How do you top 10 years in the entertainment game and over 20 million albums sold worldwide? For 35-year-old Cornell Haynes, Jr., better known to us as Nelly, there is always a new page in the book of success to turn. The entertainer is on the verge of releasing a new fitness DVD called Celebrity Sweat on September 28, followed by his fifth studio album Nelly 5.0 on November 11.
While he’s been at the forefront of Apple Bottoms since 2003, Nelly’s endeavors outside of music have gone in several directions. He was the first ever spokesmodel for Sean John‘s underwear line, and put out his own branded lines with both Nike and Reebok.
Nelly is an active philanthropist, and campaigns for both the 4Sho4Kinds Foundation, which helps improve quality of life for children born with developmental disorders; and Jes Us 4 Jackie, set on recruiting people across the country to donate for bone marrow and stem cell transplants. As most fans are aware, the latter was named after Nelly’s sister Jackie, who passed away in 2005 after a valiant battle with leukemia.
Needless to say, 2010 marks a decade of trial and triumph for the busy entrepreneur. In the midst of his hectic New York promotions, Nelly sat down with UrbLife.com for a few moments to discuss the ways he balances fitness, family and career.
You’re putting out a workout DVD, and you’ve always stayed very physically fit. What has changed for you as you’ve gotten older? Have you had to make adjustments in your routine?
Nelly: When you’re younger you can get away with a lot of different things because your metabolism runs a different way. Sometimes it’s through the roof for no apparent reason. As you get older, your metabolism slows down and your body tends to be more tired than before. Any time you can do things to offset that and generate energy to feel better [is a good thing].
Life is about numbers anyway – you just want the percentages in your favor, but it’s about balance. I’m not saying you should be one specific way, you can have someone who never smoked or drank that worked out every day and still had a heart attack, and you can have someone who’s eating wrong and overweight with high cholesterol that outlives them. But if you’re going to do certain [unhealthy] things, you should try to offset that with things that may be a little better for you.
When you talk about balance, what is a day in your life like when it comes to eating, exercising and maintaining a good schedule along with your work?
Nelly: I’ve been really fortunate with a lot of things because I get away with eating a lot of junk foods, carbs and fast food. I don’t eat red meat, I haven’t eaten red meat in the past 12 to 15 years, and I try not to eat a lot of fried foods. Be that as it may, I do eat a lot of chicken and turkey products, and I’ll have a drink and things of that nature. But you try to create a balance for yourself.
Now I don’t get to work out as much, so I may only work out two to three times a week, as opposed to possibly working out every day for a month, two months or three months at a time if I’m gearing up for something. But also, I’ve been blessed with really good genetics by my father, he’s skinny and cut-up, and you look at me and it’s kind of the same way.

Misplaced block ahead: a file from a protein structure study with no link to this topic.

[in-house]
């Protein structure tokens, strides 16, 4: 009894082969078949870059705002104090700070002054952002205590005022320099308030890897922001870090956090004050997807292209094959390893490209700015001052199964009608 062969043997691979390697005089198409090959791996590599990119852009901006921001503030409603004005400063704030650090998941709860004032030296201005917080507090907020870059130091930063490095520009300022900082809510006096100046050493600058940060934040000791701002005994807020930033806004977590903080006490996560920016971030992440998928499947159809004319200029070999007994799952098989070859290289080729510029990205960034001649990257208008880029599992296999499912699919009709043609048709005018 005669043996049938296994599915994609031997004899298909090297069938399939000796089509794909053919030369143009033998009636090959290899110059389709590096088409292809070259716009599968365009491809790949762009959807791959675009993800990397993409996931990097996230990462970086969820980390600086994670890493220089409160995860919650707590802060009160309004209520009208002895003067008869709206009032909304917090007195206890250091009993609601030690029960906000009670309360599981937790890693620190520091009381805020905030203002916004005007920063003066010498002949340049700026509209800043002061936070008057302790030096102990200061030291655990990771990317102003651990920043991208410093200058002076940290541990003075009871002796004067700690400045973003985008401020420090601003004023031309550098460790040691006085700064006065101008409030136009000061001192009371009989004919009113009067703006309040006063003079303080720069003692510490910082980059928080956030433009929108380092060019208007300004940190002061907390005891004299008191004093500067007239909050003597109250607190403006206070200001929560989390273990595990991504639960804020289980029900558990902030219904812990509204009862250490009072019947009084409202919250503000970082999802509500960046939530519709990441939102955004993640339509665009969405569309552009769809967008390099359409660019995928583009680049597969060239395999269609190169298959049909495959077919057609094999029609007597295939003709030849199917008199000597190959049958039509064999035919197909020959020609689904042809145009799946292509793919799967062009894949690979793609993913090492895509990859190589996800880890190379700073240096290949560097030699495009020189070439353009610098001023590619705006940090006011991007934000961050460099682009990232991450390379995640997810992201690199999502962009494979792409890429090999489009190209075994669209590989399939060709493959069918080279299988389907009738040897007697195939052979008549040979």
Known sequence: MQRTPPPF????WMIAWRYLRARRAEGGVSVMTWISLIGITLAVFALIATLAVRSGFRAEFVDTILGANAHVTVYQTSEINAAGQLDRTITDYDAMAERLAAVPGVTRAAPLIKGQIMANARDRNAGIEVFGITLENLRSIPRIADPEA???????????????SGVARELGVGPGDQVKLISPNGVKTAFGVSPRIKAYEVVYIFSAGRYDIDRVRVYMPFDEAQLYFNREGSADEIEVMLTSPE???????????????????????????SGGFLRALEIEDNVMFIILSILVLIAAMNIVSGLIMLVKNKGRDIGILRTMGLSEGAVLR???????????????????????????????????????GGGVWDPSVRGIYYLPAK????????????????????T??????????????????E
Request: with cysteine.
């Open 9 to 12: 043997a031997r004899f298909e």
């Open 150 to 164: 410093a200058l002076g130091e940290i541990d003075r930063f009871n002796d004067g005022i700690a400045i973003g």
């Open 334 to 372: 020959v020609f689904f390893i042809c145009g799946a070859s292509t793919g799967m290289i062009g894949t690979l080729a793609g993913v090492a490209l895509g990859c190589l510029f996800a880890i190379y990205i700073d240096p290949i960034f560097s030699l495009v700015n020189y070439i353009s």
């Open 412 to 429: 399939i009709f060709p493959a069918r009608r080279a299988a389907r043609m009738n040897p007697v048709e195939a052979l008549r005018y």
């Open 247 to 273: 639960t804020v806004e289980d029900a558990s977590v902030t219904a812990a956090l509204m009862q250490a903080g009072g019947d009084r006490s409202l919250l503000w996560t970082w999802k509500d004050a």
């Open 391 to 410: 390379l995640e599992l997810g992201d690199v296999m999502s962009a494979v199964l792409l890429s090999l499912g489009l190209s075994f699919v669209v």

You have a teenage daughter and an almost-teenage son. How do you talk to them about living well and eating right?
Nelly: They’re very active, my son plays football, my daughter loves basketball and they both box. They come from a pretty athletic background as far as families go. Sports has been on both sides of their family, whether it’s my side or their mother’s side, so their involvement in sports just came naturally and through the love of it, so that’s what they do. I pretty much get a chance to lead by example.
Our generation is very much about living the fast life. Your daughter is 16-years-old now. Are you fearful of her dating? How are you dealing with that?
Nelly: As any other father would, I’m dreading it. It’s the worst thing ever! [laughs] It’s my baby, I’m ready to put her in a closet until she’s 30. But you try to be realistic about things, you have a talk with her and let her know that she’s priceless, and when you’re priceless don’t put things in your way that may devalue who you are and what you stand for. That’s what determines how people look at you, so in that sense so far so good.
Nelly: Even if it’s not, she’s done unbelievably well at keeping it away from me! [laughs] If she’s being smart about it, then one way or another, I taught her well.
You’re a long-term Hip Hop veteran at this point. Tell us about your new album Nelly 5.0 and what it means to you.
Nelly: It feels good any time you can drop an album, but this album means that I’m still here. I don’t know that I’ve ever left, but some people might think that because of the type of success you might have had on other projects. That’s understandable and how the game goes, so there’s no reason to bitch about it, you just move on. Now it’s like I’m just doing me, I haven’t really changed anything.
When I did Brass Knuckles  I was going through a rough time. I’m not making excuses, but music is a part of your life so when your life is going through certain things then obviously it’s going to affect everything that you do, which may not have resulted in the numbers that Nelly is used to doing, or that the label is used to seeing from Nelly. So now, it’s just like I’m back to doing what I do.
Follow Nelly on Twitter @Nelly_Mo